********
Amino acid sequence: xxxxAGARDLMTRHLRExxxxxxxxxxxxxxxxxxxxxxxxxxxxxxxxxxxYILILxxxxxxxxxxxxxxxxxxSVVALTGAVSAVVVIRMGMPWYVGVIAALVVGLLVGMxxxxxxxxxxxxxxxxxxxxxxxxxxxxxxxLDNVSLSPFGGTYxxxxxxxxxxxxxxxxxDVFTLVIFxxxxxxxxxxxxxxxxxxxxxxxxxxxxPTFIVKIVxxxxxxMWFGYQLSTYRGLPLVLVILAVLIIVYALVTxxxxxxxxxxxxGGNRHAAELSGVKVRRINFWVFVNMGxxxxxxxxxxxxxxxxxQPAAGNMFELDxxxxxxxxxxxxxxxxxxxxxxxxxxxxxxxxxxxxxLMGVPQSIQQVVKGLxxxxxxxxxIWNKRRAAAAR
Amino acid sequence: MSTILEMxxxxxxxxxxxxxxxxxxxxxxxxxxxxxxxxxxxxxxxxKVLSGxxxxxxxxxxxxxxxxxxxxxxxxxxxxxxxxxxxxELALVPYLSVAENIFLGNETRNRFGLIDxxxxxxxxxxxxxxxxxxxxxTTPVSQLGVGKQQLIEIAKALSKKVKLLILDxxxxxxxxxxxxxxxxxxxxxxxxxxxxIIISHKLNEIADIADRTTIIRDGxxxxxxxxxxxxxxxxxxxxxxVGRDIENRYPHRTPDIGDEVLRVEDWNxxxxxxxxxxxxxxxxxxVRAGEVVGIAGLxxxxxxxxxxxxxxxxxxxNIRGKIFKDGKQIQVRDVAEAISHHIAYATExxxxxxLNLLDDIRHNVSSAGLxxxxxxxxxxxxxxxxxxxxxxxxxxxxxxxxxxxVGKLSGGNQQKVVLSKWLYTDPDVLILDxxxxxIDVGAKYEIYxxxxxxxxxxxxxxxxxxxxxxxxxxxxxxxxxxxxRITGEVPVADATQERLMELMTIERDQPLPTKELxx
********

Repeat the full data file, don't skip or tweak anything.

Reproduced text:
Amino acid sequence: xxxxAGARDLMTRHLRExxxxxxxxxxxxxxxxxxxxxxxxxxxxxxxxxxxYILILxxxxxxxxxxxxxxxxxxSVVALTGAVSAVVVIRMGMPWYVGVIAALVVGLLVGMxxxxxxxxxxxxxxxxxxxxxxxxxxxxxxxLDNVSLSPFGGTYxxxxxxxxxxxxxxxxxDVFTLVIFxxxxxxxxxxxxxxxxxxxxxxxxxxxxPTFIVKIVxxxxxxMWFGYQLSTYRGLPLVLVILAVLIIVYALVTxxxxxxxxxxxxGGNRHAAELSGVKVRRINFWVFVNMGxxxxxxxxxxxxxxxxxQPAAGNMFELDxxxxxxxxxxxxxxxxxxxxxxxxxxxxxxxxxxxxxLMGVPQSIQQVVKGLxxxxxxxxxIWNKRRAAAAR
Amino acid sequence: MSTILEMxxxxxxxxxxxxxxxxxxxxxxxxxxxxxxxxxxxxxxxxKVLSGxxxxxxxxxxxxxxxxxxxxxxxxxxxxxxxxxxxxELALVPYLSVAENIFLGNETRNRFGLIDxxxxxxxxxxxxxxxxxxxxxTTPVSQLGVGKQQLIEIAKALSKKVKLLILDxxxxxxxxxxxxxxxxxxxxxxxxxxxxIIISHKLNEIADIADRTTIIRDGxxxxxxxxxxxxxxxxxxxxxxVGRDIENRYPHRTPDIGDEVLRVEDWNxxxxxxxxxxxxxxxxxxVRAGEVVGIAGLxxxxxxxxxxxxxxxxxxxNIRGKIFKDGKQIQVRDVAEAISHHIAYATExxxxxxLNLLDDIRHNVSSAGLxxxxxxxxxxxxxxxxxxxxxxxxxxxxxxxxxxxVGKLSGGNQQKVVLSKWLYTDPDVLILDxxxxxIDVGAKYEIYxxxxxxxxxxxxxxxxxxxxxxxxxxxxxxxxxxxxRITGEVPVADATQERLMELMTIERDQPLPTKELxx